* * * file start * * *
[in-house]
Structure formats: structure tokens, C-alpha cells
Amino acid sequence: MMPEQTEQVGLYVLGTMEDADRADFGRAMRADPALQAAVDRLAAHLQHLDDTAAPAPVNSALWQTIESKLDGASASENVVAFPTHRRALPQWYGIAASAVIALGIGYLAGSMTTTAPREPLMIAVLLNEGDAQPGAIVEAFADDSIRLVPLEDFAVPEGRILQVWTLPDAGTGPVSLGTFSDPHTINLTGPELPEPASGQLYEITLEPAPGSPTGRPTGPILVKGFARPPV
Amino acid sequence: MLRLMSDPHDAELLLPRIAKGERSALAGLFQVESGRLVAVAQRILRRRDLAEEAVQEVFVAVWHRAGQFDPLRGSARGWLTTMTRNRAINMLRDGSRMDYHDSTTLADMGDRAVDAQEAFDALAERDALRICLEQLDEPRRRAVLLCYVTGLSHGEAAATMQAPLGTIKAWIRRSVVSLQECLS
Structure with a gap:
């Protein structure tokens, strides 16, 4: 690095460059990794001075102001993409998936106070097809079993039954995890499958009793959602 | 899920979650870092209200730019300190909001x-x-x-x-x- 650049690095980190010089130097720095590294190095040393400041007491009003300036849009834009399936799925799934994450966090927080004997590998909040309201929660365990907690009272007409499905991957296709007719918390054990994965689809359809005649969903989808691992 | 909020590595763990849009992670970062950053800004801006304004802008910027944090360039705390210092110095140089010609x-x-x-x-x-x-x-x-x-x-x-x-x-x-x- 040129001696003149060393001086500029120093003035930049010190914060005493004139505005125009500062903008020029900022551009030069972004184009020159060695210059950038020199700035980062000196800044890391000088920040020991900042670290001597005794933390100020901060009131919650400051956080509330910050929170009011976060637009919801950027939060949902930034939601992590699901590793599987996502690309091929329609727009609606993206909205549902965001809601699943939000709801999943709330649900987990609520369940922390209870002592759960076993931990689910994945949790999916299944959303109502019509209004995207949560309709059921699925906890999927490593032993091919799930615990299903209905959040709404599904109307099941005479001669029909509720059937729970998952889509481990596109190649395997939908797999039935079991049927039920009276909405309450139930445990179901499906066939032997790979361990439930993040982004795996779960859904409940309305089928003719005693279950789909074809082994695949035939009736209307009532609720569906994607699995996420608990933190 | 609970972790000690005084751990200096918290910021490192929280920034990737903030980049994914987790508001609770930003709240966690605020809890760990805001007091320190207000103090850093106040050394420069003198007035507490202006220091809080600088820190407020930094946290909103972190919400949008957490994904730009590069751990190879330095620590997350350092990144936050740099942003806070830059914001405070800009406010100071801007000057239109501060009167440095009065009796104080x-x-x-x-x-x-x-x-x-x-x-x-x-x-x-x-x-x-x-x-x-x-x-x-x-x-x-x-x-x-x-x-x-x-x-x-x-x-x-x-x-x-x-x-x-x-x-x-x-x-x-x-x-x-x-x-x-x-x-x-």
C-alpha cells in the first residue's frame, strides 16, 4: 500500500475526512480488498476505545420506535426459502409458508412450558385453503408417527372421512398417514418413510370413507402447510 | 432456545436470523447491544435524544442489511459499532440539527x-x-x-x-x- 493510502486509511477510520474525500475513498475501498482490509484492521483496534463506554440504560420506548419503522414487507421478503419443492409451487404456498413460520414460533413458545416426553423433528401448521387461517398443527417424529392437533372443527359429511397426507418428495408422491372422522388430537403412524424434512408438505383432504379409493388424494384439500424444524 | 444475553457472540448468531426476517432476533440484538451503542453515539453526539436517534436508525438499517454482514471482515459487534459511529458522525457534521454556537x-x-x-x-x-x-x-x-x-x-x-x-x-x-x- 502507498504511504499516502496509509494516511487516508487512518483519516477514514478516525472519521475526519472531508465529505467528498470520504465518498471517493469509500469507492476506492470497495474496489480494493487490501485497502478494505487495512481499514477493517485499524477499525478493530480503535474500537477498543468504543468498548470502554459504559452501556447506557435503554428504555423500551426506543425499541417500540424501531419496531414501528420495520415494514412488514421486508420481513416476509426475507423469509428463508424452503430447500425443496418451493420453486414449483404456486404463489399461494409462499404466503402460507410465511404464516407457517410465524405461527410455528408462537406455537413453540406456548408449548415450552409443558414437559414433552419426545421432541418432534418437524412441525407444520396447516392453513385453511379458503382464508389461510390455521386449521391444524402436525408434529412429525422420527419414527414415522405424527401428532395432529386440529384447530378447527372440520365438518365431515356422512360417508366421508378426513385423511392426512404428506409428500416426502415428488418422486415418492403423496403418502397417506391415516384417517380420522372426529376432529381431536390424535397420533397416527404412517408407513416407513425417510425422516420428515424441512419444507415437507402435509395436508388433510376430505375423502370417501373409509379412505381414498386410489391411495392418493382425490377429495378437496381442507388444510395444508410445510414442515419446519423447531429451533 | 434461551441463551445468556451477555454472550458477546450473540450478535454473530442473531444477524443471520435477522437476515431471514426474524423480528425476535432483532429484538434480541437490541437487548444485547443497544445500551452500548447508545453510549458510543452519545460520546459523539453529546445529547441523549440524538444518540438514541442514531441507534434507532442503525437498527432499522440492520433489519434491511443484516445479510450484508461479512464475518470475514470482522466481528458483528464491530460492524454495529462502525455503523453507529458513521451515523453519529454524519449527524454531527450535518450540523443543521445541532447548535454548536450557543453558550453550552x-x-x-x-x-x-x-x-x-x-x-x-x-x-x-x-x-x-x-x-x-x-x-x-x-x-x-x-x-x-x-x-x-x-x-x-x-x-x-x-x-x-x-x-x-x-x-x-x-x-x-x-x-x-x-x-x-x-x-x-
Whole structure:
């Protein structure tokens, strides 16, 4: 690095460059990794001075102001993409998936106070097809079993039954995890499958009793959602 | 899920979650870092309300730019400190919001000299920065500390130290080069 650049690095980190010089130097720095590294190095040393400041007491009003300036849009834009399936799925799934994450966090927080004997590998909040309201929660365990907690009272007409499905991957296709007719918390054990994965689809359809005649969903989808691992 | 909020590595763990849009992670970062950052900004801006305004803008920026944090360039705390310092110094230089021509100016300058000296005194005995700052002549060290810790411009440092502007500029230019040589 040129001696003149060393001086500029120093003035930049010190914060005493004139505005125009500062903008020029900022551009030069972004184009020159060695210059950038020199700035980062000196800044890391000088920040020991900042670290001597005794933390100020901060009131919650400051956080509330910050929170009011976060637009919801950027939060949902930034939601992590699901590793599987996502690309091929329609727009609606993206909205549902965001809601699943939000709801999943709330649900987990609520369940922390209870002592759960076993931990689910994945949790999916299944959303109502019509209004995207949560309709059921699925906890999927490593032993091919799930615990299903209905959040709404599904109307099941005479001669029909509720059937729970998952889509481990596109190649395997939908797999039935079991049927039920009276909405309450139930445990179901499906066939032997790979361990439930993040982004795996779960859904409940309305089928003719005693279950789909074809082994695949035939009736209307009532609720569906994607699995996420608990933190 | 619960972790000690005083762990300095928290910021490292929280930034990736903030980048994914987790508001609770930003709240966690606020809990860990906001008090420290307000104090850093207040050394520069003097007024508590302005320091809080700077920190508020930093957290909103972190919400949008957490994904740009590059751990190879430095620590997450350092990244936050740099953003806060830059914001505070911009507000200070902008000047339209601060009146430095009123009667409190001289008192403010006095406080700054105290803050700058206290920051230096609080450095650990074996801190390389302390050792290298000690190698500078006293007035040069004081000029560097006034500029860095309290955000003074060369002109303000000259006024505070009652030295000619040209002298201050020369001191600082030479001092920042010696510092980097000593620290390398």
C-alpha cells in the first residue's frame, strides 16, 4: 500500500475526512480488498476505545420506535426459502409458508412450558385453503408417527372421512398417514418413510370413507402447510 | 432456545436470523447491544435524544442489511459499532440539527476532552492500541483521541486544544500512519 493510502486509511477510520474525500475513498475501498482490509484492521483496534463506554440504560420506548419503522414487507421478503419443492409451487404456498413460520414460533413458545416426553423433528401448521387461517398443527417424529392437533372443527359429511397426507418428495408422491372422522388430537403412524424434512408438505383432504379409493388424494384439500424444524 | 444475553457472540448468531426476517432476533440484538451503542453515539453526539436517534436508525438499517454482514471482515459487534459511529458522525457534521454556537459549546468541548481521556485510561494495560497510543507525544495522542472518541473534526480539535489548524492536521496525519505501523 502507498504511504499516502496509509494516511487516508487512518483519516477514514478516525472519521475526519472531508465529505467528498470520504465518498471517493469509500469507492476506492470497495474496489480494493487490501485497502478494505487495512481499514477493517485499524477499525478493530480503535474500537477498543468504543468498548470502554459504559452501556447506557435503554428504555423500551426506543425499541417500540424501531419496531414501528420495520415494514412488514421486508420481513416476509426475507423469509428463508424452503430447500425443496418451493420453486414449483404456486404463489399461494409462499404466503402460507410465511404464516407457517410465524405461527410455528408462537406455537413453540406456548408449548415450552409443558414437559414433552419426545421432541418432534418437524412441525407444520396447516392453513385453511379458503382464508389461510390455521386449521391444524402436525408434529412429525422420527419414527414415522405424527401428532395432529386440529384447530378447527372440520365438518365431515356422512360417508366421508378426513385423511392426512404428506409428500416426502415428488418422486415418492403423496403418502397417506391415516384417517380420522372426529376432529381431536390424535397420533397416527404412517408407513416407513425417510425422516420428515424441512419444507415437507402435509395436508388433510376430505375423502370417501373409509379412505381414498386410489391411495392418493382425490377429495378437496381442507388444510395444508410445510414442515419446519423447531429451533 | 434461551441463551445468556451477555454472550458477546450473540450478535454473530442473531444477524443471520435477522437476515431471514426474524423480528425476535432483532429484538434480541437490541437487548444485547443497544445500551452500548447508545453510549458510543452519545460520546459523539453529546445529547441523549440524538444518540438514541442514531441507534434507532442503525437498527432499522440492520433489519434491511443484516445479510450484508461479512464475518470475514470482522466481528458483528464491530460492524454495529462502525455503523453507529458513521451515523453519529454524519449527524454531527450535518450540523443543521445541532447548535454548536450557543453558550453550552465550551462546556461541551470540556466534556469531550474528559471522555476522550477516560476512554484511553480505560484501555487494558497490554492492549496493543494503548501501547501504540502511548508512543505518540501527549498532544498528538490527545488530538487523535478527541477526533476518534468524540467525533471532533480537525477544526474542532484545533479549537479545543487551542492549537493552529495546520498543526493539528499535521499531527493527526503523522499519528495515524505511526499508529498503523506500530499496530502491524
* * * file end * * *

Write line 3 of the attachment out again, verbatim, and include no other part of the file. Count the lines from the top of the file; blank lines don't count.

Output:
Amino acid sequence: MMPEQTEQVGLYVLGTMEDADRADFGRAMRADPALQAAVDRLAAHLQHLDDTAAPAPVNSALWQTIESKLDGASASENVVAFPTHRRALPQWYGIAASAVIALGIGYLAGSMTTTAPREPLMIAVLLNEGDAQPGAIVEAFADDSIRLVPLEDFAVPEGRILQVWTLPDAGTGPVSLGTFSDPHTINLTGPELPEPASGQLYEITLEPAPGSPTGRPTGPILVKGFARPPV